The Obamas celebrated Black History Month and the historic role Motown Records played in American music with a concert and workshop Thursday at the White House. The events were capped by the president and wife Michelle showing some moves during the finale, "Dancing in the Streets."
The Motown tribute was the latest in the Obama White House's music series, with the East Room hosting Motown artists and performers honoring the company Berry Gordy founded in Detroit in 1960.
Gordy was at the show, along with the Obamas' youngest daughter, Sasha, Mrs. Obama's mother, Marion Robinson, and Vice President Joe Biden and his wife, Jill, all seated in the front row.
The performers included Natasha Bedingfield, Sheryl Crow, Jamie Foxx, Gloriana, Nick Jonas, Ledisi, John Legend, Amber Riley, Mark Salling, Seal, Jordin Sparks, Smokey Robinson and Stevie Wonder -- one of the first lady's favorites. Other Motown stars were in the audience, including Martha Reeves, a former Detroit City councilwoman (in an earlier part of her career, of course, she headlined Martha and the Vandellas).
The Detroit News
put it this way: "During the finale, Reeves jumped up, joined the crowd and grabbed a mike and had an extended solo of the song -- 'Dancing in the Street' -- that helped make Reeves and the Vandellas famous."
The show opened with a medley of Motown hits from Foxx, Seal, Jonas and Legend, mixing it up with "Ain't Too Proud to Beg," "Get Ready" and "I Can't Get Next to You."
Sparks performed the Supremes' classic "Stop! In the Name of Love."
The president told the audience of about 200 that Motown tunes helped break down racial barriers in the U.S.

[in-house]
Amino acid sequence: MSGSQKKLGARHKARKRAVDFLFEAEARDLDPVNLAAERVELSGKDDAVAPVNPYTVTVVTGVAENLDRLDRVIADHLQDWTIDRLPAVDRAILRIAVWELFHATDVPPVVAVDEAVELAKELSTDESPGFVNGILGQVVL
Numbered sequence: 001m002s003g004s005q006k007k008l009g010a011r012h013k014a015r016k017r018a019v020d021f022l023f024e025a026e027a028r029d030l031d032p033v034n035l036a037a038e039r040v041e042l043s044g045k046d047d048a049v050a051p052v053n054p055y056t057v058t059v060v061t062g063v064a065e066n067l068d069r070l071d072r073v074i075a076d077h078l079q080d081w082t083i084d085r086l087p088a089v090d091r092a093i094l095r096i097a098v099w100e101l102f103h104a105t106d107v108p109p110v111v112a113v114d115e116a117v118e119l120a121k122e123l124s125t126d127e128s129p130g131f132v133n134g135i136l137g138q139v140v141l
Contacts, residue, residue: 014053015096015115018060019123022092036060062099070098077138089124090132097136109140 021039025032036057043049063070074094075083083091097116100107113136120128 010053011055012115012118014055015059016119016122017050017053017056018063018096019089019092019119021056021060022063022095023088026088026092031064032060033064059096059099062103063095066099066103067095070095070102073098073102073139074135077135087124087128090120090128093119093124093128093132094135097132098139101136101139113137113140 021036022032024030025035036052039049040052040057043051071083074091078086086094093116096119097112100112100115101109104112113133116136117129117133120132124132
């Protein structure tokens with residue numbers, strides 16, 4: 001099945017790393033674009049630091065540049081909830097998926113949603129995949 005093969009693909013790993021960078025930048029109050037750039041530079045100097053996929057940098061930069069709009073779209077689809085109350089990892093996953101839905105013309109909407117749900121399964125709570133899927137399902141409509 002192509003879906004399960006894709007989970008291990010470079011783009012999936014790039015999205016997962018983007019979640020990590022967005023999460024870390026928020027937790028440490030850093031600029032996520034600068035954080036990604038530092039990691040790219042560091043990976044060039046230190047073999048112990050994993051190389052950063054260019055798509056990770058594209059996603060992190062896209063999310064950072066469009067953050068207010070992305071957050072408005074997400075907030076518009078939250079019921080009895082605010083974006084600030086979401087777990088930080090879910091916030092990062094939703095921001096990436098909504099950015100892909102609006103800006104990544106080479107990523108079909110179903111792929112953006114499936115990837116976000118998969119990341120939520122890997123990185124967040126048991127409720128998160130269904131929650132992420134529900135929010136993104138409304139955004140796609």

"Along the way, songs like 'Dancing in the Streets' and 'What's Going On' became the soundtrack of the civil rights era. Black artists began soaring to the top of the pop charts for the first time. And at concerts in the South, Motown groups literally brought people together –- insisting that the ropes traditionally used to separate black and white audience members be taken down," Obama said.
"So, today, more than 50 years later, that's the Motown legacy. Born at a time of so much struggle, so much strife, it taught us that what unites us will always be stronger than what divides us. And in the decades since, those catchy beats and simple chords have influenced generations of musicians, from Sheryl Crow to the Jonas Brothers."
Earlier in the day, Mrs. Obama hosted a music workshop spotlighting the Motown sound, with about 120 high school students from Chicago, Cleveland, Detroit and Los Angeles.
The Motown rags-to-riches story should inspire them, Mrs. Obama said.
"But the thing that I want you all to remember is that nobody's name is printed on the Billboard Top 10 at birth. Nobody is born into this. Neither Mr. Gordy nor Smokey Robinson were born into greatness or wealth. Diana Ross grew up in a housing project. And John Legend is the son of a seamstress and a factory worker. And they are good people.
"But they've shown us that with enough hard work and a willingness to take some risks, anyone can make it. And this isn't just true for careers in entertainment or sports. The Motown story is really a metaphor for life."